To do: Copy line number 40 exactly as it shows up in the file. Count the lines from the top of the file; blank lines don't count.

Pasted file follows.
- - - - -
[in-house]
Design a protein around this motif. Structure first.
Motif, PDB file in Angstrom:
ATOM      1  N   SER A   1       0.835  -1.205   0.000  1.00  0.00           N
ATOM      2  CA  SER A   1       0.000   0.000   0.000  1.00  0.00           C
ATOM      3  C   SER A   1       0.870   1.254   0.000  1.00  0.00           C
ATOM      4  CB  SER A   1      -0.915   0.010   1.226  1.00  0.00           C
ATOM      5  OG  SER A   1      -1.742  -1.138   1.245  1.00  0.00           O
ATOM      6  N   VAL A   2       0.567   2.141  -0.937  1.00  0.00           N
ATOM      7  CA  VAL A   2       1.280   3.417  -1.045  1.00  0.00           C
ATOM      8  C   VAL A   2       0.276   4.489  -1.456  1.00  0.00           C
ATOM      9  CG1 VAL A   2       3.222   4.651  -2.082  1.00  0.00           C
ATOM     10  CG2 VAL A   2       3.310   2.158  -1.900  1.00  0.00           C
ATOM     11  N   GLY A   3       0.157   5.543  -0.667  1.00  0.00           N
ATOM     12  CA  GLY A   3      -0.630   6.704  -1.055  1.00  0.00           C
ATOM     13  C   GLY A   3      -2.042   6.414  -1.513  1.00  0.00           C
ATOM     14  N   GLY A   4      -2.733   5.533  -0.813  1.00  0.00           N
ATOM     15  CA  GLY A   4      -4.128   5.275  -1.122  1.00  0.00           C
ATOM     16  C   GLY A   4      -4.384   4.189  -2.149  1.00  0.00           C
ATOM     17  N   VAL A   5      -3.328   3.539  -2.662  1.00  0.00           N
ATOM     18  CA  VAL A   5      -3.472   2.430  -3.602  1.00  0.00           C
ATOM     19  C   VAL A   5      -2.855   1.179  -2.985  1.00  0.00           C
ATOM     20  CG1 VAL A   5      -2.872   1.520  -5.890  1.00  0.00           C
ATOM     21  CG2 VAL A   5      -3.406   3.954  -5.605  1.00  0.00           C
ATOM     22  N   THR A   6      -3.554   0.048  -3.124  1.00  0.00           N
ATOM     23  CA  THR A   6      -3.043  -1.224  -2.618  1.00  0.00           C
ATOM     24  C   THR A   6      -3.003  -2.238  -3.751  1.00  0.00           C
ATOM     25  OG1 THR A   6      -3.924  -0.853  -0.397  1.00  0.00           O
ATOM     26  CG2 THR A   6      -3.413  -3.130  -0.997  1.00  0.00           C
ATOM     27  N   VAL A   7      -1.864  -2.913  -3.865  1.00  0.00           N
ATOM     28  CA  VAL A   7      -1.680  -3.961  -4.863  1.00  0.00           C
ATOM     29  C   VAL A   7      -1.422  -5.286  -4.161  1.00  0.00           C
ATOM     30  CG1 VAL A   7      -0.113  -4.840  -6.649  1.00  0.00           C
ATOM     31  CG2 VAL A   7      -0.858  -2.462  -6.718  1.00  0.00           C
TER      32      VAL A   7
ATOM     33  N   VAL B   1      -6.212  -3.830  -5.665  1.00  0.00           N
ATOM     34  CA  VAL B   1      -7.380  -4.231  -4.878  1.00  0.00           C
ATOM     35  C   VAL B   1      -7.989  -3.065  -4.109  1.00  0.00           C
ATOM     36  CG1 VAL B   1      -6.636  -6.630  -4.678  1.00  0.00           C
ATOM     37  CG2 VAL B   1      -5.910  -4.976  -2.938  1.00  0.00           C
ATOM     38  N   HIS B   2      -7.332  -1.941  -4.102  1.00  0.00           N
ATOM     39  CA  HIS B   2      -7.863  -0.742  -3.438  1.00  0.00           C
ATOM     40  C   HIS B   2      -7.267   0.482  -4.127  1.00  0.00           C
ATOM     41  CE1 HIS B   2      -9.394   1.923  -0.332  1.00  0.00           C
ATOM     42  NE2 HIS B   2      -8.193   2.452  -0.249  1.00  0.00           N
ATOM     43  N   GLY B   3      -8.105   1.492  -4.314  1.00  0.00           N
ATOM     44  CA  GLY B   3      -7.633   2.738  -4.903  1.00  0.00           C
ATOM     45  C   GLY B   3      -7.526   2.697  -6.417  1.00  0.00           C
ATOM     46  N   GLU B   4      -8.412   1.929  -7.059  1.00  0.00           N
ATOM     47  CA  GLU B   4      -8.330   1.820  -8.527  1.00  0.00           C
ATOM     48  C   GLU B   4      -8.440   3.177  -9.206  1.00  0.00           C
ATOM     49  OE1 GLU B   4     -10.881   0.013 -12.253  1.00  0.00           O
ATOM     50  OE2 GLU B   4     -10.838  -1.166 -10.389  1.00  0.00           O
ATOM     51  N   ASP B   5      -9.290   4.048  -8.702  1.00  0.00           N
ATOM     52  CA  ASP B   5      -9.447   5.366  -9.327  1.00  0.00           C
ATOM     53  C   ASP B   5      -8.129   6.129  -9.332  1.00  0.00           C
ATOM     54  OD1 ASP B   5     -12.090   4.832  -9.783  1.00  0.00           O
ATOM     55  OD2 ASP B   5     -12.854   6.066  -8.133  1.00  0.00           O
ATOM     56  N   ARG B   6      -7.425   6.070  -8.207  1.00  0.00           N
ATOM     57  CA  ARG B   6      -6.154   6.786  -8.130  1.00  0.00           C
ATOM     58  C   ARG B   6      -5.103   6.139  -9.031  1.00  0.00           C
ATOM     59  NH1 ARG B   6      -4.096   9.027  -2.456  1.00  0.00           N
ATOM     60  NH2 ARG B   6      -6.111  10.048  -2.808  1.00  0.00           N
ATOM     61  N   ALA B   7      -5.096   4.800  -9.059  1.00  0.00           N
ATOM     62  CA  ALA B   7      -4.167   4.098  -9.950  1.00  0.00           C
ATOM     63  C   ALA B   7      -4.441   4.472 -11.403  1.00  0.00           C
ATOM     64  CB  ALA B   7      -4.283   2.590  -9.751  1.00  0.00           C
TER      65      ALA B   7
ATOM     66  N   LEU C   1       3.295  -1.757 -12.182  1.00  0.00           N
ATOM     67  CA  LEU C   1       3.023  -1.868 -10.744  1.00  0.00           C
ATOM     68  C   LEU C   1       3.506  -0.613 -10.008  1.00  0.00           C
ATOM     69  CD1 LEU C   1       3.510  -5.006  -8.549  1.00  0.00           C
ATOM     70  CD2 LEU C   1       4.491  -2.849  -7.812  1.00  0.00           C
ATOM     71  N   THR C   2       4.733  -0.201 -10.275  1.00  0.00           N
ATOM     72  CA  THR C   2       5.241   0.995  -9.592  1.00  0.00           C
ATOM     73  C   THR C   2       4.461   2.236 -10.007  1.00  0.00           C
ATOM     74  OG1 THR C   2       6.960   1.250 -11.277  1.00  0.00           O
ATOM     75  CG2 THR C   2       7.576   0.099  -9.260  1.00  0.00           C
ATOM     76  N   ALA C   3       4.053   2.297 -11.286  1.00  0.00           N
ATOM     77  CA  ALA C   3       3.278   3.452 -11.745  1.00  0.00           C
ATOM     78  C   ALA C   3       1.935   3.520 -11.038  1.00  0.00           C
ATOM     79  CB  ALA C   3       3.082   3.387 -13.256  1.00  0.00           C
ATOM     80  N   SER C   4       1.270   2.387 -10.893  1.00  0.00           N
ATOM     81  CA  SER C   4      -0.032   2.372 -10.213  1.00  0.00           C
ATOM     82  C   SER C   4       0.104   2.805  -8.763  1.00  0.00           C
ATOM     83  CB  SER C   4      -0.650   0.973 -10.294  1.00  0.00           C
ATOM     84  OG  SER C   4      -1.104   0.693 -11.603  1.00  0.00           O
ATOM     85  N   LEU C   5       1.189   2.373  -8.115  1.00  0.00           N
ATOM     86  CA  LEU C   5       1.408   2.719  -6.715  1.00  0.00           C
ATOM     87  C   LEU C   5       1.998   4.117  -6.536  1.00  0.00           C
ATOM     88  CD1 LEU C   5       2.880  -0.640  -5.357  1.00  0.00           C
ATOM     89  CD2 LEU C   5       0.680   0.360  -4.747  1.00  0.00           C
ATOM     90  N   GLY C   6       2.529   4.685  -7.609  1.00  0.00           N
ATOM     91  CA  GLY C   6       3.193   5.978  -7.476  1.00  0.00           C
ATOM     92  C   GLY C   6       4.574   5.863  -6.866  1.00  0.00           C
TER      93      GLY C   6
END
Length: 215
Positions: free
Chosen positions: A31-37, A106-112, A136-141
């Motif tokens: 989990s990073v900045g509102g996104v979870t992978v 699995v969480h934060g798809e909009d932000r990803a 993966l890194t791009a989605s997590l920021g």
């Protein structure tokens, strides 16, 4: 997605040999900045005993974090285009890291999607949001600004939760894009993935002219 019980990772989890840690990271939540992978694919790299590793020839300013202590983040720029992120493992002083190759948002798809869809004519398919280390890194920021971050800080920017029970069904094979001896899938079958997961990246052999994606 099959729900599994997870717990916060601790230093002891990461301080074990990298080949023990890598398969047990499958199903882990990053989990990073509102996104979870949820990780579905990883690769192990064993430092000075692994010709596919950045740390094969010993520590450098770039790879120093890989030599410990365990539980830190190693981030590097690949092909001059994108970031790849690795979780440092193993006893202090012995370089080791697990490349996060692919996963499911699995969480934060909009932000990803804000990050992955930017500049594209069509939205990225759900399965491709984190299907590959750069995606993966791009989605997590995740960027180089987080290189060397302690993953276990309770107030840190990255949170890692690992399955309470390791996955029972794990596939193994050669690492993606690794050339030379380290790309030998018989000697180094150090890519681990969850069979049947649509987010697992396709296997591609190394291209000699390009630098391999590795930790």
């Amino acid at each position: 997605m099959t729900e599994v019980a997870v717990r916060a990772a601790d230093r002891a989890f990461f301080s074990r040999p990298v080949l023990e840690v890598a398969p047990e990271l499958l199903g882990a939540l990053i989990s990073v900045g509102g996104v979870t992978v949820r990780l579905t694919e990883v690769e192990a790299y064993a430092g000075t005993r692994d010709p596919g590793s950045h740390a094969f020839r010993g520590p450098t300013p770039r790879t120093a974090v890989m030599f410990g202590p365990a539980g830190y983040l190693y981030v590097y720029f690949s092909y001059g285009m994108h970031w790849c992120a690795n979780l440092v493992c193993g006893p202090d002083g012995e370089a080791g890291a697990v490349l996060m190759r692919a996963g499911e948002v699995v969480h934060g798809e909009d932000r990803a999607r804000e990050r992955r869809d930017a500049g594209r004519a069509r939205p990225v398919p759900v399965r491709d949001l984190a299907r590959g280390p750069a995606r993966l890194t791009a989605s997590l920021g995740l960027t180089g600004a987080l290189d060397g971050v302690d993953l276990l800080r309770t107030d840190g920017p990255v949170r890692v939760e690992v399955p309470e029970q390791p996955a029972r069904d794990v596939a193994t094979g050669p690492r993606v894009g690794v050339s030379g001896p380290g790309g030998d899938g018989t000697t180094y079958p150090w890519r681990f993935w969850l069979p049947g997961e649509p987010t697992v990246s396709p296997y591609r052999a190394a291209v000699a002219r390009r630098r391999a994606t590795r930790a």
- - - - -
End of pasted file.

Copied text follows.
ATOM     37  CG2 VAL B   1      -5.910  -4.976  -2.938  1.00  0.00           C